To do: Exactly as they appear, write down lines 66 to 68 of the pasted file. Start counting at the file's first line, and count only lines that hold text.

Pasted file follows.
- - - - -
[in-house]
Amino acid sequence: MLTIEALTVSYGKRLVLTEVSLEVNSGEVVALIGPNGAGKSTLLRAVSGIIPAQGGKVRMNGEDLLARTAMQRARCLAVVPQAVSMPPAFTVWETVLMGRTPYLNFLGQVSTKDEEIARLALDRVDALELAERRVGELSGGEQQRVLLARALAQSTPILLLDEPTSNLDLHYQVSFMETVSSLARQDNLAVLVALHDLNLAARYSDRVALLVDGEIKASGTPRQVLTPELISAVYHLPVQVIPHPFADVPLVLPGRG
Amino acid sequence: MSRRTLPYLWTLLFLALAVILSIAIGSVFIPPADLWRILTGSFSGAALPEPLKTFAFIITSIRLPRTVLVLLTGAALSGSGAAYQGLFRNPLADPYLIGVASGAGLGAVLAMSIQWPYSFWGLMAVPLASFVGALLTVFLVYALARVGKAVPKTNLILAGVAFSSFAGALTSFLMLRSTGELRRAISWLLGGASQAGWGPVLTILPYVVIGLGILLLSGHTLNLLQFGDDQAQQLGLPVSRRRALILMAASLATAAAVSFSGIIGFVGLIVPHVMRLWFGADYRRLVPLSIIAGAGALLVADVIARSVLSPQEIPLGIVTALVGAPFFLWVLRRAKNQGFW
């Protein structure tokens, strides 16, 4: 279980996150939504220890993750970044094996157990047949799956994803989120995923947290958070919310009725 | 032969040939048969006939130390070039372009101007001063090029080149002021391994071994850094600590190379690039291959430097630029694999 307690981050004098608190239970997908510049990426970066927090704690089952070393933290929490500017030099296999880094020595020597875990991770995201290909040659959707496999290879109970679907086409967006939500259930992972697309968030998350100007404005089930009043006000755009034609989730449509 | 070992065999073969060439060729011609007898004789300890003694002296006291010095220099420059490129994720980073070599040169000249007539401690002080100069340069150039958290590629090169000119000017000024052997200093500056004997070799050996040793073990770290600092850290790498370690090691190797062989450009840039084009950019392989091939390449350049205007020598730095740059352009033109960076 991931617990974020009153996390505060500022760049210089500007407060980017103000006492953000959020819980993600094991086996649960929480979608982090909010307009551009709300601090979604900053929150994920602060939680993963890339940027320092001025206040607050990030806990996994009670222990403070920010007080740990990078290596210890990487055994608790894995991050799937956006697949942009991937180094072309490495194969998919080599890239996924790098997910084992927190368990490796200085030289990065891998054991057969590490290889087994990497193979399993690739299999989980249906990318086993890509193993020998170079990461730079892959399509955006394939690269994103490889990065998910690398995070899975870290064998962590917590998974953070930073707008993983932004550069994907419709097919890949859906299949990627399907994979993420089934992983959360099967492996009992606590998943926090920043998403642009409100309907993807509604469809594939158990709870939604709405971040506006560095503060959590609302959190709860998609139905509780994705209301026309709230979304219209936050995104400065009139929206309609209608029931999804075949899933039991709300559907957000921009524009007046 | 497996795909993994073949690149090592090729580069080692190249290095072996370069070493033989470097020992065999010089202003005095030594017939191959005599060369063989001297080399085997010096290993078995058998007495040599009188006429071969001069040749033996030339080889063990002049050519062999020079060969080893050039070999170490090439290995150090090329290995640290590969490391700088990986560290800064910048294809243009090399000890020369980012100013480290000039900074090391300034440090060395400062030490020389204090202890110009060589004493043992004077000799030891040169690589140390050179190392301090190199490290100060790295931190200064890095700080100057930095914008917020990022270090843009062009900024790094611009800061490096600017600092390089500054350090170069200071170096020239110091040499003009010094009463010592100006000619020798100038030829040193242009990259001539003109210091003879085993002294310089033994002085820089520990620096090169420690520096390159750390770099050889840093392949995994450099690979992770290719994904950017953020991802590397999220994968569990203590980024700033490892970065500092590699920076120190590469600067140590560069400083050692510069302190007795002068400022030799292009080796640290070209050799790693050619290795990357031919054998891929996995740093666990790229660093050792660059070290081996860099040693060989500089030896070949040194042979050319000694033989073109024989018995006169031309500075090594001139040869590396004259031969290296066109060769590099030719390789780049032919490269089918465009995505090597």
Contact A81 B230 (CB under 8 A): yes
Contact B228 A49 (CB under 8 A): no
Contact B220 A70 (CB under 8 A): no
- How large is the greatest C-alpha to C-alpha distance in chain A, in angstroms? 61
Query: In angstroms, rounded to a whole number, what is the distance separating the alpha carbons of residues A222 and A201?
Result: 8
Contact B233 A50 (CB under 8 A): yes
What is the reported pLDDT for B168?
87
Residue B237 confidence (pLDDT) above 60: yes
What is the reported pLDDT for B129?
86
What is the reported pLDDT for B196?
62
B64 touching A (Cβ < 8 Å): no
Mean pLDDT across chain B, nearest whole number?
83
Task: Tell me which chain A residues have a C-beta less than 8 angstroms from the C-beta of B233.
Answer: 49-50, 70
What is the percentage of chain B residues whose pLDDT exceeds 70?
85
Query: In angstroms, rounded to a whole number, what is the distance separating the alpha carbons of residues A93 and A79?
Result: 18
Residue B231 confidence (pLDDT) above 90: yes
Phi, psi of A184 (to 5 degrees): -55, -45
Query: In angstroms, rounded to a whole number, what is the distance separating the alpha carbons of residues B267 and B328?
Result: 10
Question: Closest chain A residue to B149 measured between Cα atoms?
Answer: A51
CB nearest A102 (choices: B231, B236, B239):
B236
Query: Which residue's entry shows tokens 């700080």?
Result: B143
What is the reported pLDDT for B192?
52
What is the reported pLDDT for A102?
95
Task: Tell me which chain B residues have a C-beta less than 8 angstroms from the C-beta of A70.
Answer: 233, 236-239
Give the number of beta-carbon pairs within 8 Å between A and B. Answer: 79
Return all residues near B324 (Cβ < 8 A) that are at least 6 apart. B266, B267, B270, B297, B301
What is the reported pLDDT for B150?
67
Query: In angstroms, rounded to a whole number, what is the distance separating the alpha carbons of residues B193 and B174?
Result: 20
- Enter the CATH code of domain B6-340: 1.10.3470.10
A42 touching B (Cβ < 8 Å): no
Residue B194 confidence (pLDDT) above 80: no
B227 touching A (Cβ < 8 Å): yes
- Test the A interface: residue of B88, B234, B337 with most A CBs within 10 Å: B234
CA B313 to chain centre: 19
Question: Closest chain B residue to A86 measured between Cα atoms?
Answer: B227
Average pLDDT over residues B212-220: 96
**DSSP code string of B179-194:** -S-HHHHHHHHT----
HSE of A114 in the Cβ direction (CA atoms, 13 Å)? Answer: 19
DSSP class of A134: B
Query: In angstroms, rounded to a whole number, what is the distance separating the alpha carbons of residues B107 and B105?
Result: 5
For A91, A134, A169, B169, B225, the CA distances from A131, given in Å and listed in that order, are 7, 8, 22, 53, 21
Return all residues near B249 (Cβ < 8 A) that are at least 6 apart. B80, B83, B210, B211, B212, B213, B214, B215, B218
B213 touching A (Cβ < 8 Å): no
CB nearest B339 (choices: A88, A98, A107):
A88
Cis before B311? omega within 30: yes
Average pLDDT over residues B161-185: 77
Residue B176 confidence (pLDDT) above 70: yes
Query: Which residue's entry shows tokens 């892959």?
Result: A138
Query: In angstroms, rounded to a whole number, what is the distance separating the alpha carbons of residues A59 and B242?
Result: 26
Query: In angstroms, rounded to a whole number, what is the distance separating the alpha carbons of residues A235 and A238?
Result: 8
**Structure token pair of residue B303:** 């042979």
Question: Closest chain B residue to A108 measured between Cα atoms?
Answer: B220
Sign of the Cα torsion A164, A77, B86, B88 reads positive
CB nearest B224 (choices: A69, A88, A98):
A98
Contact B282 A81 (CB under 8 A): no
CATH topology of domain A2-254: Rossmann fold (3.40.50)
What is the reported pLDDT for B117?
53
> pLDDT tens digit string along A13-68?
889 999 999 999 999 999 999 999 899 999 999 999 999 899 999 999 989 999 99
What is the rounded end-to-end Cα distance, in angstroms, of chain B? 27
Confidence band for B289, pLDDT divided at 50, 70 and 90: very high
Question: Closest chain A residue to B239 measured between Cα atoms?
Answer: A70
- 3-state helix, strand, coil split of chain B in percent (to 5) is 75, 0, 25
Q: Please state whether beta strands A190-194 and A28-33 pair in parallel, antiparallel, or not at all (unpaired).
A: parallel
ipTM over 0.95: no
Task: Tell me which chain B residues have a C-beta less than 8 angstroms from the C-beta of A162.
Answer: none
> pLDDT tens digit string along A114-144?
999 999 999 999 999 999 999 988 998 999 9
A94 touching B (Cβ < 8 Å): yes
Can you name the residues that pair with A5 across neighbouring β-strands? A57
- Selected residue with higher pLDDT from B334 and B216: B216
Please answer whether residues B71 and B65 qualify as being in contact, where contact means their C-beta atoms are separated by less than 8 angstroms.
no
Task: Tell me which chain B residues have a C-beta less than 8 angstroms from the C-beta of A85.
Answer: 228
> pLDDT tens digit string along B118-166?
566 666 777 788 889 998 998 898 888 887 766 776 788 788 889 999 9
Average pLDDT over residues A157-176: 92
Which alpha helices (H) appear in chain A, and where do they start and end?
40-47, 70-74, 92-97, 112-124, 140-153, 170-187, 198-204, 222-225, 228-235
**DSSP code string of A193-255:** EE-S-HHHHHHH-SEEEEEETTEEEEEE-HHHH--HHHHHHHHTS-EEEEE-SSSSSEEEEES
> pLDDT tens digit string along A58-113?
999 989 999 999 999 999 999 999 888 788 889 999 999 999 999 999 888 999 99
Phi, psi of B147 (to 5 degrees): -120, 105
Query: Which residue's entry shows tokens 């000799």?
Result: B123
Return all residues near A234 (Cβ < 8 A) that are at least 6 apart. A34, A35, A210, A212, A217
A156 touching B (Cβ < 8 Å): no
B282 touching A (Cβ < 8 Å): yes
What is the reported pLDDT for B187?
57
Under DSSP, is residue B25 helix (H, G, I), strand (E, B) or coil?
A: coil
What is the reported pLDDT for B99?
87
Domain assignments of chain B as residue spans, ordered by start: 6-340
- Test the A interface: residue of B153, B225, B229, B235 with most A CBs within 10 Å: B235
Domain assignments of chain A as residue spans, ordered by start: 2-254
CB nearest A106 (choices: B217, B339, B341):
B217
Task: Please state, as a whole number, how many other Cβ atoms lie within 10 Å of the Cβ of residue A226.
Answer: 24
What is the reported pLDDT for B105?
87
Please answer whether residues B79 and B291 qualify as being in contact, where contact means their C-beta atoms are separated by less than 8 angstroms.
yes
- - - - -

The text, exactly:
B213 touching A (Cβ < 8 Å): no
CB nearest B339 (choices: A88, A98, A107):
A88